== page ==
From the moment I saw her at the train station, it was love at first sight. There she was, a small and fragile woman with beautiful grey hair, with an iron will, unique sense of humour, and an almost unbelievable originality of thought. Throughout our visit and our conversations with her we were utterly gripped. We realised that she had written extensively about feminist criminology and gender theory in magazines and anthologies, in German, Italian, Spanish and Czech, and one or two things in English. But nothing had been collected in book form and no one had ever made the effort to bring this material together. If she had been a man, she would have been widely known and celebrated, and here she was, for years in the shadow. From our conversations in Saarbrücken it became extremely clear to us that her thought was extremely original, as it threaded together materialistic, interactionist, feminist and abolitionist elements in developing a theory of crime and criminalisation.
The idea of a book about Linda’s work became an obsession, a service, a vocation almost. We felt we had to bear witness, trace, collect, translate. Our book Gerlinda Smaus: “Ich Bin Ich” Beitrage Zur Feministischen Kriminologie started like this, from anger, from disbelief, from an instinct of repair, of doing justice, of searching for lineage. Johannes did a monumental work in tracing her work, which was not easy to find, especially in a digital form, and has to scan and process it accordingly to make it machine-readable and printable.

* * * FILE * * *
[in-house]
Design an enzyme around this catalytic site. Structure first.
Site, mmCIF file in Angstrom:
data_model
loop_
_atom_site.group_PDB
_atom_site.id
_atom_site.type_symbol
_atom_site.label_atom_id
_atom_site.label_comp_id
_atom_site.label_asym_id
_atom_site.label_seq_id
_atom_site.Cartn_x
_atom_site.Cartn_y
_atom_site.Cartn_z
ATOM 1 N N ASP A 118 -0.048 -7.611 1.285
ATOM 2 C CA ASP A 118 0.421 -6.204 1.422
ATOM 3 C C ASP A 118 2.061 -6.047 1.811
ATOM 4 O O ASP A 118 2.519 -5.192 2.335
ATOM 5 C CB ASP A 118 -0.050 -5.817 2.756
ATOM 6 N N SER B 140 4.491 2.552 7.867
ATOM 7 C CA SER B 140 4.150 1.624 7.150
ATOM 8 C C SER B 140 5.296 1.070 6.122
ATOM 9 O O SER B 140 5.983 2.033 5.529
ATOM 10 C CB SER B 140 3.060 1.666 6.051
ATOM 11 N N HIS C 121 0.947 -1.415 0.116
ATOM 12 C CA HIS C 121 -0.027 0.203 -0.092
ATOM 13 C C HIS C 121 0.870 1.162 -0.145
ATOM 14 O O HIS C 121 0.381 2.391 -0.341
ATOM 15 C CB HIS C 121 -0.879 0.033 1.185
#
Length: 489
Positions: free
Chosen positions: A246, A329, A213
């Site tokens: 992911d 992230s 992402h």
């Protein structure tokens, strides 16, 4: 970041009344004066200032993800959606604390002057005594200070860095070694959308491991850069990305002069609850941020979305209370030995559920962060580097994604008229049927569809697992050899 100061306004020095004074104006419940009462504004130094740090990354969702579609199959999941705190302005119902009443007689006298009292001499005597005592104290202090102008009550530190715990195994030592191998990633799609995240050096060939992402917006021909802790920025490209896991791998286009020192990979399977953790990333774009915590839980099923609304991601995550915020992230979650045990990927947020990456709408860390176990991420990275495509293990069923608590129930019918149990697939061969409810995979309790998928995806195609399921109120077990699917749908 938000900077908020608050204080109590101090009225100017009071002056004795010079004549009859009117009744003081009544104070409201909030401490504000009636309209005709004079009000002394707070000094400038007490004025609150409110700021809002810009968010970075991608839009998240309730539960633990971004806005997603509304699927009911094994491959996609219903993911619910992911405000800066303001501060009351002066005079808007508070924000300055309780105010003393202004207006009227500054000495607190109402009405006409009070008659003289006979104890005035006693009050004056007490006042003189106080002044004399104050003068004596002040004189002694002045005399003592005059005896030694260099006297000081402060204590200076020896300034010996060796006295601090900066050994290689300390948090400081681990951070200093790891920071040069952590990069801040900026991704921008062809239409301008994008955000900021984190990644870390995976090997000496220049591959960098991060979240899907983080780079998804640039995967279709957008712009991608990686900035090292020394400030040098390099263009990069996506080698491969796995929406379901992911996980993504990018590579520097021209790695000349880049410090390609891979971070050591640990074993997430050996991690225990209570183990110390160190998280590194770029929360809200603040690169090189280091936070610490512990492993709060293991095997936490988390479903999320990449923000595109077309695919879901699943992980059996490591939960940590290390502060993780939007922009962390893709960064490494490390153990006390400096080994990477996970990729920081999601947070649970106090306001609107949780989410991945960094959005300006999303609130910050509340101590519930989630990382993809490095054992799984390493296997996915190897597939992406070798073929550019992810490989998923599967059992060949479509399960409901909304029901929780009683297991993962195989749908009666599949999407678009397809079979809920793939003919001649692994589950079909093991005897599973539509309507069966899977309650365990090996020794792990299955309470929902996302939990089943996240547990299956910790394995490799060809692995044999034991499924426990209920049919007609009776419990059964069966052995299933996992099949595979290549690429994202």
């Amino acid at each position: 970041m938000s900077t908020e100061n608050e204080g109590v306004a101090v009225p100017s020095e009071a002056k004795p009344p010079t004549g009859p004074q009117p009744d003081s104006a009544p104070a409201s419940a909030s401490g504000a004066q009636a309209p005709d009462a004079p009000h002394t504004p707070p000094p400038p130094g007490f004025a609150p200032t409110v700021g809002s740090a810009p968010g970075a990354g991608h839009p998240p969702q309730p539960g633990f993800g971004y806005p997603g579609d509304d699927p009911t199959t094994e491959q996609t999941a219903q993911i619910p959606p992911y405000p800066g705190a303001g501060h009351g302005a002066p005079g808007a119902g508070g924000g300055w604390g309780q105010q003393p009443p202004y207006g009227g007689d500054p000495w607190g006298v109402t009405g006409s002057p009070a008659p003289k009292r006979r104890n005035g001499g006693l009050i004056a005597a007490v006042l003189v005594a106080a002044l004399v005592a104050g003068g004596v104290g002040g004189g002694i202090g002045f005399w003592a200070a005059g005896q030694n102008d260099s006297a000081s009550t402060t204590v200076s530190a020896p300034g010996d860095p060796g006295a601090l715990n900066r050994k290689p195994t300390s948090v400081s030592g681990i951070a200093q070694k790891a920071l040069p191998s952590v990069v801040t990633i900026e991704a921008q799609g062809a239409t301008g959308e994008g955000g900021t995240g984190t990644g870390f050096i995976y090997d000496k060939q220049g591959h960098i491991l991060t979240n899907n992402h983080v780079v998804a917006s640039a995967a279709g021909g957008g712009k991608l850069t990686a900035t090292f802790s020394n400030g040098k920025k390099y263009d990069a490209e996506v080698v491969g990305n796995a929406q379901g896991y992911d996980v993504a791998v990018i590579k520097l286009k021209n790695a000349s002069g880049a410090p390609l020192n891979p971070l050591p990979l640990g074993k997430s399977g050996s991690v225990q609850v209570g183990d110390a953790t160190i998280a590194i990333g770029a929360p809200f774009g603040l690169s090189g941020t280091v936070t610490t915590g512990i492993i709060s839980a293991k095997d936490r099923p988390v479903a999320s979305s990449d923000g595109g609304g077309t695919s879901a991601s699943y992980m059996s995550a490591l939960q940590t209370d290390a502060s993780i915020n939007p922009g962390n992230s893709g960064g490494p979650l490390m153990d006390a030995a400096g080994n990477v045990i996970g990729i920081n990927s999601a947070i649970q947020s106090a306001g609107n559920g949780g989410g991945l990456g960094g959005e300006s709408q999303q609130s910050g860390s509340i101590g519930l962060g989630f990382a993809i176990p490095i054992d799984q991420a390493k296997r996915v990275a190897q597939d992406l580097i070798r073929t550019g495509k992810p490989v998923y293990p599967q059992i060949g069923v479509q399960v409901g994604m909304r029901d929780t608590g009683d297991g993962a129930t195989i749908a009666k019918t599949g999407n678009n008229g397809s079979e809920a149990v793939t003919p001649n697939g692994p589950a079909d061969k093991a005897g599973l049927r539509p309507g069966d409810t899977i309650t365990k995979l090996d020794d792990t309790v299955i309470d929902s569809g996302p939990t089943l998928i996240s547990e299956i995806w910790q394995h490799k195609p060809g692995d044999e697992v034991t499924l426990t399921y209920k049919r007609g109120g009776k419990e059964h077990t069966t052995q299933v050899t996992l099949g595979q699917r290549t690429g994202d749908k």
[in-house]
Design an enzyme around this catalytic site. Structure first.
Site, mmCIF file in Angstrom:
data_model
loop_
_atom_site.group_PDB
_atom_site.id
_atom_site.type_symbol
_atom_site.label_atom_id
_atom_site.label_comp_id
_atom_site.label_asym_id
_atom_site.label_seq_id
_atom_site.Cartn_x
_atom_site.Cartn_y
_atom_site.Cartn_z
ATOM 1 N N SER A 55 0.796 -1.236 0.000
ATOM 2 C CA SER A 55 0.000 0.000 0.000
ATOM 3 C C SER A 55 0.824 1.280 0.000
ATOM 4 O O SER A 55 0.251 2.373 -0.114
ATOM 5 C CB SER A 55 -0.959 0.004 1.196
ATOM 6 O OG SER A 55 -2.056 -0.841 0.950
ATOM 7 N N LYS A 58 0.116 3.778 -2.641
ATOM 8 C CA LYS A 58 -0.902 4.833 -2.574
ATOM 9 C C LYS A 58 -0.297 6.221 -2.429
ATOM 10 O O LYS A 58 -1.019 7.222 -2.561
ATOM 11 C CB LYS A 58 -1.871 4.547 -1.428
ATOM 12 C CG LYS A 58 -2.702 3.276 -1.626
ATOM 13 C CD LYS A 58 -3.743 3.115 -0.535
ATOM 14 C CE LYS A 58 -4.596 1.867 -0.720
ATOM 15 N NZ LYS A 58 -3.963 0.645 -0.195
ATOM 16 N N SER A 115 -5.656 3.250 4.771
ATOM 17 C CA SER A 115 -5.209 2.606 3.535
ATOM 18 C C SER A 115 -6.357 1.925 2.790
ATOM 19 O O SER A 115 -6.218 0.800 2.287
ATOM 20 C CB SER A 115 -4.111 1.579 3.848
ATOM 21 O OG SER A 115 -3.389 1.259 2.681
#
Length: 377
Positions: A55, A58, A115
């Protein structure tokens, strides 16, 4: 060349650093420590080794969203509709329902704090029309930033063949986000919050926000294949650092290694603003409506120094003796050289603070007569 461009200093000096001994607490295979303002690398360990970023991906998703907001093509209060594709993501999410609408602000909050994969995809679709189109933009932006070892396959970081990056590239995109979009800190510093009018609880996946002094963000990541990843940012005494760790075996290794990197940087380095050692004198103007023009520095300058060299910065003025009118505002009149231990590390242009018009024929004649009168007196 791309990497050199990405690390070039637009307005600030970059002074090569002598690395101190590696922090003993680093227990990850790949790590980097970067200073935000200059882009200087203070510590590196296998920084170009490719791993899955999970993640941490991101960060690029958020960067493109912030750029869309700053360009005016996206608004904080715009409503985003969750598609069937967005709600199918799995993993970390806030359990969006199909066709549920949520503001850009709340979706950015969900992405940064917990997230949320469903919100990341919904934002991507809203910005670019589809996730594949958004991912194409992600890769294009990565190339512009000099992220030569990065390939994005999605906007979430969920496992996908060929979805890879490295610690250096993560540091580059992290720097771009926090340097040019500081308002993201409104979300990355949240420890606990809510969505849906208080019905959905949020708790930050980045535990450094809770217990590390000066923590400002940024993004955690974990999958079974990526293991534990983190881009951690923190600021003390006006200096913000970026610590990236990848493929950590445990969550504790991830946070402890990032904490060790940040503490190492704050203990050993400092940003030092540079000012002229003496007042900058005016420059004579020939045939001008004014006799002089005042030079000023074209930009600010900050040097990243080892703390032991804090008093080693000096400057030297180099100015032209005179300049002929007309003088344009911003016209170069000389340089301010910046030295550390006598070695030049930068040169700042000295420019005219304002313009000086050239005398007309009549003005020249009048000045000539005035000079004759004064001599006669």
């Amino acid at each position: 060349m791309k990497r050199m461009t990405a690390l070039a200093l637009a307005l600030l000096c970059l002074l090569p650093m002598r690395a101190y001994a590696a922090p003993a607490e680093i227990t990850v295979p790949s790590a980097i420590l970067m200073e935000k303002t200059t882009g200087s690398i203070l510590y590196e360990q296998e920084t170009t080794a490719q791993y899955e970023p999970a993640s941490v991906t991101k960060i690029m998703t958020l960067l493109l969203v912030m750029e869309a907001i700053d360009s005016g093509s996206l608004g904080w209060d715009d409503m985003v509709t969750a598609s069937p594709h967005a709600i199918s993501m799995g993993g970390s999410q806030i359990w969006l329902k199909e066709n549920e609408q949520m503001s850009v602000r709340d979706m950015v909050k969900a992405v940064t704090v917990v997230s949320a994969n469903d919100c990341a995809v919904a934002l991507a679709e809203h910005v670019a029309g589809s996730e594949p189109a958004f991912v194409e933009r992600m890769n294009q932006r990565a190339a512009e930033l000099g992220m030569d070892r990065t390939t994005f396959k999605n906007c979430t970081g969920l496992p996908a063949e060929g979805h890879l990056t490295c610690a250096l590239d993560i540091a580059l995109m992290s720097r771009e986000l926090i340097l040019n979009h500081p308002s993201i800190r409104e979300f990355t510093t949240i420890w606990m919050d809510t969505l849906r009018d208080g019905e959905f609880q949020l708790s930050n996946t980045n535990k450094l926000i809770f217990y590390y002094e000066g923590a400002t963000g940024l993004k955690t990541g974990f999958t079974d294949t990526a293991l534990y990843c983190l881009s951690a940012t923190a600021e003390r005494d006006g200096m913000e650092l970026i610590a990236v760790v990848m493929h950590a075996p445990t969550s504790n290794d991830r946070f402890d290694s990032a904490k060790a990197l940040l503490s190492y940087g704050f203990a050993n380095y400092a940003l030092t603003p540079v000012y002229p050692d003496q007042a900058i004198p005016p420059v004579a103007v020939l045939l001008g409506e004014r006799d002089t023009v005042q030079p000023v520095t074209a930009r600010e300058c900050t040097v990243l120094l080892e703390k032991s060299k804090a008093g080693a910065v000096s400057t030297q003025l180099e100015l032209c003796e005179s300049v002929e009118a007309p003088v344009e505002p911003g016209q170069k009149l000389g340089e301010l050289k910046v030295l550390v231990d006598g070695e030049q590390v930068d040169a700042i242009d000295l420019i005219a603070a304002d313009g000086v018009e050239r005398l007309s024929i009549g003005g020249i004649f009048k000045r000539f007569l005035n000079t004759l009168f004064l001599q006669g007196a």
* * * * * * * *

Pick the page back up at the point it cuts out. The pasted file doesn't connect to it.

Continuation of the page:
The material was extensive, and we had to make a choice. In consultation with Linda, we decided to concentrate on the feminist or gender-theoretical aspect, which originated from her empirical research on criminal law, justice and prisons, and more specifically on women’s prisons, sexuality in prison, rape, etc. For Gerlinda, feminism is the “avant-garde of the human movement” because its abolition of gender categories intends to liberate both women and men.
The difficult academic career of Gerlinda Smaus makes clear just how necessary feminism is as a political movement. Born in 1940 in the Czech Republic, during 1962–67 Gerlinda Smaus studied Sociology at the Faculty of Education and Journalism of Charles University in Prague, but emigrated to Germany in 1968, just after the Soviet tanks and troops invaded Czechoslovakia in an effort to stop the Prague Spring. She was hired as an assistant at the Department of Sociology at the Saarbrücken University of Saarland, where she obtained a PhD in 1973. She continued to work at the University of Saarbrücken as Privatdozentin (private lecturer), but was never promoted to the rank of professor, especially since she did not have a law degree and, as a sociologist, was not qualified to participate in law exams. Fortunately, in 2001, she obtained a full professorship at the Faculty of Arts at the Masaryk University in Brno, Czech Republic. From her colleagues’ and students’ writings and testimonies, it is clear that she has played a hugely important role in reconstituting sociology and constituting gender studies in the Czech Republic.
As much as Linda’s death shook me the first days, it has given me a new drive to engage even more with her work and her legacy. Even though I did not know her very intimately or for a very long amount of time, and thus my judgement might be mistaken, I believe that she had a full life and did not fear death. But I also think she did not want to be forgotten, as she has given so much to the world, always with a brave mind and kind heart.